Linking IT Outsourcing with Business Strategy

IT Business Analyst David Wright argued in Maybe it is time to define “customer” in IT Projects that “unless you are selling software as a product for real money, your IT project does not have any customers”. We not only agree with him but would like to take his argument a step further. Even in IT project outsourcing, this logic should apply. 

David Wright’s argument is focused on internal IT projects: “I have worked with many a sponsor, and many business people who will use the systems, but none of them paid me directly for doing so; we all worked for the same organization, with job titles and salaries to go with those titles.” 

The Client’s Business is Key 

On the other hand, TDK Technologies is an IT consulting firm which solves business problems by delivering customized IT solutions to its clients. Without getting hung up on the semantics of “client” or “customer” we can agree with the underlying premise of David Wright’s argument. 

TDK knows that the client's business has to drive the approach; a successful outsourced IT project requires business and IT working together to reach a common goal: solving a business problem with technology. 

It is true that IT firms selling a software product, a modifiable software template, or even a software development process tend to treat their clients more like a “customer” than a “partner”.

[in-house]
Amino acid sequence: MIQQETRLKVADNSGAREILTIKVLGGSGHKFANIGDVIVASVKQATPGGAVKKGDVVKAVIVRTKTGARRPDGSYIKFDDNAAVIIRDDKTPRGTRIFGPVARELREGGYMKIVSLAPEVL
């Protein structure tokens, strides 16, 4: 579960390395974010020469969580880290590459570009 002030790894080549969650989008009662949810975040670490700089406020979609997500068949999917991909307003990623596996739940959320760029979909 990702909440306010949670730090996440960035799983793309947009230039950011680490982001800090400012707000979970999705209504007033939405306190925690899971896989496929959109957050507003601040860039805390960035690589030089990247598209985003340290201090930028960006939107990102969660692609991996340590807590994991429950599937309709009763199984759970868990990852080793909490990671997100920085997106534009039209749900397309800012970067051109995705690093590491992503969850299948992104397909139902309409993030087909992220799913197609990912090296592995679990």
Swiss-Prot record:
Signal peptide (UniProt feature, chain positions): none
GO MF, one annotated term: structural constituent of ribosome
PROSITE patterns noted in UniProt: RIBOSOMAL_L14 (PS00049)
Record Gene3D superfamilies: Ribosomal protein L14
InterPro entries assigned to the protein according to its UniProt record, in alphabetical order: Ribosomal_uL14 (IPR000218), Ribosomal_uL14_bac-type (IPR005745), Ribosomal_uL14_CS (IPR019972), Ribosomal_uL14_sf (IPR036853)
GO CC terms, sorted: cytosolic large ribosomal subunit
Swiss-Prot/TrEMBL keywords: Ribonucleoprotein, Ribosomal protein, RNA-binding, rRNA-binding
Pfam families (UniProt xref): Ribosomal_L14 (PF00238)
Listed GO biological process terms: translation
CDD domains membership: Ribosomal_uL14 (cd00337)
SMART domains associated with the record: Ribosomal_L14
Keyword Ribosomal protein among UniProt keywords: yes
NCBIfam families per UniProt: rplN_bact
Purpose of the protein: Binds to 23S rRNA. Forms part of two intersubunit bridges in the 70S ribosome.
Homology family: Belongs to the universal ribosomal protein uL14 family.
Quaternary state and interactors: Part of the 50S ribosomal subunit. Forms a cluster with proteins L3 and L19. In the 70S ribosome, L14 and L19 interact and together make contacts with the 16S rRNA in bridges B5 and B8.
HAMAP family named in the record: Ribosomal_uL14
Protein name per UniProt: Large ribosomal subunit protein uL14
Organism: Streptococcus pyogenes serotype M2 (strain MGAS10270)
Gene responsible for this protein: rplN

Meeting Specific Needs That Integrate Easily 

Sometimes when an IT firm is selling a software product, a modifiable software template, or even a software development process, they tend to treat their clients more like a “customer” than a “partner”. These firms are often willing to provide their ‘customers’ with subpar solutions to ‘save money’. 

David Kocs explains the difference between TDK and these firms: "We will not have a killer app that we need to sell you.  We don't have a software template that addresses most of the functionality you need and then develop the rest.  We design applications that meet all your specific IT needs and are easily integrated with other systems you may have in place.” 

TDK approaches an outsourced IT project as though it is operating within an organization. Kristin Tucker says this is why TDK “starts by first learning about a company - its operations, processes and goals - because with a business-first approach, better IT solutions just naturally follow”. 

To Recap

We agree with David Wright when he says “IT projects should not have buyers and sellers; they should have teams of business and IT people working together to reach a common goal”, even in the context of IT project outsourcing. Sure, TDK may miss out on some projects because it recommends an ideal solution which will work right the first time as opposed to a cookie cutter solution which costs less. But we are interested in creating long term mutually beneficial business relationships over generating short term sales.

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